Cleanthes' Hymn to Zeus is an example, which invokes "Zeus the many-named," meaning that Zeus is ultimately the being who is worshipped, even when the gods worshipped have a different identity (Hermes, Asklepios, etc.). Zeus is the expression of divine reason, the logos, and unites the features of many g-ds. The Aretalogy of Isis is another example, in which Isis takes responsibility for nearly every force in the universe, and is identified with every g-d and g-ddess. Apuleius writes that Isis, "in whose features are combined those of all gods and goddesses," is the "sole deity of the whole world under various forms," "she that enlightens the other gods." Both in religion and philosophy in this period, the g-ds become more transcendent: either over other g-ds (Isis), or as the principle of the universe (Cleanthes' Zeus). Another important feature of this period, which is related to the emergence of voluntary associations, is monolatry: this is not a denial of the ontological importance of other g-ds (which is henotheism), or a denial of the existence of other g-ds (which is monotheism). It is a preferred worship of one g-d, in whom one accesses all the other divinities. Isis attracted warm devotion and often monolatry, in which she often took on the characteristics of a personal savior. From least exclusive to most exclusive: polytheism (many g-ds), monolatry (worship of one g-d, others are equally real and important), henotheism (preference of one g-d as more real than the others), and monotheism (denial of the existence of all g-ds except one).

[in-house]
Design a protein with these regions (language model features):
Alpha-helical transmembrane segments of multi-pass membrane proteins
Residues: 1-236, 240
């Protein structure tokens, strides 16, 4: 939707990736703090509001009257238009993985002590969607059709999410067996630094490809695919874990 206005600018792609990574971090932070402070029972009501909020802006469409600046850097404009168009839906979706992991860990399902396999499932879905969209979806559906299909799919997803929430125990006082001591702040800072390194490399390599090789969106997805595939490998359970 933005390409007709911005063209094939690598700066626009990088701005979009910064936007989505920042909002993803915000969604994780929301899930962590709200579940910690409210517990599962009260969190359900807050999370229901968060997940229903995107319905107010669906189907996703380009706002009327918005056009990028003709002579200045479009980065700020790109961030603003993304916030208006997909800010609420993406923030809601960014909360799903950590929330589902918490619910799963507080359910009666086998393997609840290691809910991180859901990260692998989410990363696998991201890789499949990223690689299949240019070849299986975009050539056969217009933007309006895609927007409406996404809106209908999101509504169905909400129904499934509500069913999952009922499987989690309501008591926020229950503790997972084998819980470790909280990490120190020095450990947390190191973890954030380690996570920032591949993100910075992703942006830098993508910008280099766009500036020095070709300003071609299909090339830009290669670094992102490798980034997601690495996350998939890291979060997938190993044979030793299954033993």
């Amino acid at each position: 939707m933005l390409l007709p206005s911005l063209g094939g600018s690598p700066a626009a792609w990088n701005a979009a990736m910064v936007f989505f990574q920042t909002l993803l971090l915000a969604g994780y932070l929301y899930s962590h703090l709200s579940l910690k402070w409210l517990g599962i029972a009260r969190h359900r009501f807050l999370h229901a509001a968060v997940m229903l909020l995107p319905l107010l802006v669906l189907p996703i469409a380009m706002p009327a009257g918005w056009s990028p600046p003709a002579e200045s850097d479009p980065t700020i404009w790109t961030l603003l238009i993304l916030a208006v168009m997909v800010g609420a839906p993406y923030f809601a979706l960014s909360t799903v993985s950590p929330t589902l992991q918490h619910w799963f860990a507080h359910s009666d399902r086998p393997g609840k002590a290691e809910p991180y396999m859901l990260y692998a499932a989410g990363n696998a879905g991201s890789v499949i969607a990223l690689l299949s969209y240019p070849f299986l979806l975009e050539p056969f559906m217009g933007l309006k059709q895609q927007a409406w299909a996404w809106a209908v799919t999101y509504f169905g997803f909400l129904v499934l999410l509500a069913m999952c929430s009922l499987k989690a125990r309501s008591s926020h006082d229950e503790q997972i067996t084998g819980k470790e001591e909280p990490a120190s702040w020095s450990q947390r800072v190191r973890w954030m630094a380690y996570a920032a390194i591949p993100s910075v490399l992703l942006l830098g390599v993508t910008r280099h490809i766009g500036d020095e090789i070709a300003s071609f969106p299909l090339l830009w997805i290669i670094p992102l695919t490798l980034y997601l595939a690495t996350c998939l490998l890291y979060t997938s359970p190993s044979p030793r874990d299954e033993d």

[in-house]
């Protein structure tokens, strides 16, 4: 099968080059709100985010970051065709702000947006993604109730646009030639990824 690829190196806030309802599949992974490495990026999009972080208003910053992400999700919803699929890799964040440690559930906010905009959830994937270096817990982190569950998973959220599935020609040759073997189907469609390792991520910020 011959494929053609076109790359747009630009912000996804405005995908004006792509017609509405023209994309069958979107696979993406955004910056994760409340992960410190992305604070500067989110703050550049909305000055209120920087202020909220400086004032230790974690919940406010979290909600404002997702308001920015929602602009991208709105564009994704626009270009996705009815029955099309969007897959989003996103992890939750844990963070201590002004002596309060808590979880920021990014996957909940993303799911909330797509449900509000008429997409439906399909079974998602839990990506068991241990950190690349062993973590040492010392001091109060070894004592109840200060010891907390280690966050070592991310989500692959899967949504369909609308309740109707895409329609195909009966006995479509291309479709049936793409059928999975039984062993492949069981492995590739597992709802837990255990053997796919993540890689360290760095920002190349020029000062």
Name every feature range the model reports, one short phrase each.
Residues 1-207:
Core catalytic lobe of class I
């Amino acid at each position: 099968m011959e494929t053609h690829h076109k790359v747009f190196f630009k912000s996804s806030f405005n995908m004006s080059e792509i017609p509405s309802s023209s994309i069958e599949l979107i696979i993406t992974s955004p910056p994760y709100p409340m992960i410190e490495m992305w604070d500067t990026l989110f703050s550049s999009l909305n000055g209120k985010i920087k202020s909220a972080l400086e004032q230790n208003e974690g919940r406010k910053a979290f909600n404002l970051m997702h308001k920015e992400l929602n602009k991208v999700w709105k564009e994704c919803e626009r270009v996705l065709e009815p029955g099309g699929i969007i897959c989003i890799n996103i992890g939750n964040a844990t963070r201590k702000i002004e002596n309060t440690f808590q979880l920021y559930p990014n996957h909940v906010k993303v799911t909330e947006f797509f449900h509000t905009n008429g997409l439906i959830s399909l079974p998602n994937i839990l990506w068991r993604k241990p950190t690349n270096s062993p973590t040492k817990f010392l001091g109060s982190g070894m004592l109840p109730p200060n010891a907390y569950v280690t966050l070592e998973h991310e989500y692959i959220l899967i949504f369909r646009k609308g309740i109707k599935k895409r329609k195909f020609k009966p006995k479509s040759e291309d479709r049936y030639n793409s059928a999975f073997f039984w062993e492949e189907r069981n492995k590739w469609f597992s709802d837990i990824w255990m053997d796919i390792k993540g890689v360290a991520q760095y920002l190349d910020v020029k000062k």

RELIGIOUS CHANGES IN THE HELLENISTIC PERIOD A. The old Near Eastern cults The gods of the Near East were not much disturbed by either Alexander or the million or so Hellenes who moved into the new cities built in the Near East by the diadochs. The gods here had seen empires come and go - the Assyrian, the Neo-Babylonian, the Persian - and were not especially concerned about the latest change of imperial masters. The Hellenistic rulers tried not to disturb the traditional cults and made conspicuous gifts to some of the temples (the aniconic cults in their high places were less able to make use of or to display royal generosity). The vitality of the traditional gods reminds us that despite the profound changes that were in progress, sacrificial cults and the old triad of temple, image and altar were still a very important part of the Near Eastern landscape during the Hellenistic period.